A Southern Gothic about three teens from southern families who own plantations, two wishes granted to two of the families that force them to behave in inconvenient ways, and an ancient curse that ties them all together and makes the romance between two of them very complicated and friendship between two of them unlikely.
3. Which animals best represent your characters?
Barrie would be an Arabian horse, very fine boned with big eyes and a lot of intelligence and curiosity, but a little flighty and prone to attacks of nerves. Eight would be a very handsome German Shepherd, driven to take care of the people in his charge, duty bound to be a hero, but longing to play and escape. Cassie would be a sleek, slinky panther, always watching for her opportunity and dangerously beautiful.
4. What are some of your favourite books, movies, and TV series?
My favorite books are usually what I’m reading at the moment. Some perennial favorites are Daughter of Smoke and Bone, The Scorpio Races, The Sky is Everywhere, Graffiti Moon, Anna Dressed in Blood, Mistwood, Wicked Lovely, The Raven Boys, Madman’s Daughter, What’s Left of Me, Shatter Me, and Out of the Easy. Also pretty much anything by Jennifer Armentrout and Wendy Higgins. My favorite movie is The Shawshank Redemption. I also love The Princess Bride, and the BBC version of Pride and Prejudice. As far as TV goes, I am obsessed with Game of Thrones and the Walking Dead. I also love Top Gear, Hart of Dixie, Vampire Diaries, Chicago Fire, and Blacklist. I’m also a fan of Pretty Little Liars and Scandal, but kind of haven’t loved the most recent episodes, so need to take a break.
5. What are you currently reading and what are you reading next?
I’m currently reading (and loving) The Taking by Kimberly Derting, after finishing Complicit by Stephanie Keuhn, which was WOW!!!!! Next up are A Thousand Pieces of You by Claudia Gray and Forbidden by Kimberley Griffiths Little. I’m also dying to get to Dangerous Creatures by Kami Garcia and Margaret Stohl.
Once they were inseparable, just two little girls playing games in a mighty castle. Now Princess Marie-Victoria, heir to the mightiest empire in the world, and Aelwyn Myrddyn, a bastard mage, face vastly different futures.
Quiet and gentle, Marie has never lived up to the ambitions of her mother, Queen Eleanor the Second. With the help of her Merlin, Eleanor has maintained a stranglehold on the world's only source of magic. While the enchanters faithfully serve the crown, the sun will never set on the Franco-British Empire.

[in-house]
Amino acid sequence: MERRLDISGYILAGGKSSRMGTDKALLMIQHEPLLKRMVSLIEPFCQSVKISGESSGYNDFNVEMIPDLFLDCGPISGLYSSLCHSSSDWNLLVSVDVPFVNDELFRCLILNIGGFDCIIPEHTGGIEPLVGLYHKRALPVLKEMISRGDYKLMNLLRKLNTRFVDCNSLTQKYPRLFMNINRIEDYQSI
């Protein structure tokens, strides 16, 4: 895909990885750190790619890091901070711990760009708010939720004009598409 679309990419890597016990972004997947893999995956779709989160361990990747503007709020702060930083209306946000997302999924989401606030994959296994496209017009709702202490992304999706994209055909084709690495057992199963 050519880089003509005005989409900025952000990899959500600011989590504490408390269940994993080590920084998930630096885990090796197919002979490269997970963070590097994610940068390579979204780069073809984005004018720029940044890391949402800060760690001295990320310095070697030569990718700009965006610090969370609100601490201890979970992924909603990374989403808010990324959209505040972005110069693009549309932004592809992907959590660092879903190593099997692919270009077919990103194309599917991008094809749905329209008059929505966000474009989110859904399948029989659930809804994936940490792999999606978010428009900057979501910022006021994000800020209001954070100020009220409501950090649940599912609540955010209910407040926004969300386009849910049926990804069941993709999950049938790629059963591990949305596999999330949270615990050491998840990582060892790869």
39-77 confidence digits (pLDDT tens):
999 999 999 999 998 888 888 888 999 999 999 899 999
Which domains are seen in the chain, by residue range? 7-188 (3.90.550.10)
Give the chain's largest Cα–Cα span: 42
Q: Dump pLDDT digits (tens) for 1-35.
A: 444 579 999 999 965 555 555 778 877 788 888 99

As the annual London Season begins, the great and noble families across the globe flaunt their wealth and magic at parties, teas, and, of course, the lavish Bal du Drap d'Or, the Ball of the Gold Cloth.
But the talk of the season is Ronan Astor, a social-climbing American with only her dazzling beauty to recommend her. Ronan is determined to make a good match to save her family's position. But when she falls for a handsome rogue on the voyage over, her lofty plans are imperiled by her desires.
Meanwhile, Isabelle of Orleans, daughter of the displaced French royal family, finds herself cast aside by Leopold, heir to the Prussian crown, in favor of a political marriage to Marie-Victoria. Isabelle arrives in the city bent on reclaiming what is hers. But Marie doesn't even want Leopold—she has lost her heart to a boy the future queen would never be allowed to marry.
When Marie comes to Aelwyn, desperate to escape a life without love, the girls form a perilous plan that endangers not only the entire kingdom but the fate of the monarchy.
Cover: I love the cover for this book! It's basically the only real reason I picked it up, which I assume is the same for a lot of others. The paint splattered looking background, the flower crown, the typography, I love all of it!
Writing: (2/5) The problem with the writing was that the author would go on for pages and pages to describe the most insignificant things. Anything remotely pretty, the author would go on to describe it. While this did give a better sense of the setting, when this is the bulk of the book, what's the point?
Setting:(4/5) I did like the setting. It was a mix of arthurian legends, with alternate historical, plus the book would go on to describe tons of things that were basically "pretty" like clothes. Add that with palaces and balls and I'm pretty sure that was the whole point of the book. The setting and how pretty it was was basically what the author focused on.
Plot:(1/5) Ha ha, plot. What plot?"The plot" kicks in around 340 pages later. The most hilarious part is that it tells you all the plot points: so and so was evil, I did such and such to stop them, this was their plan, etc. Wow, I don't recall ever reading a book where the whole plot was done behind all the characters' backs and it was explained to me in the last chapter of the book!?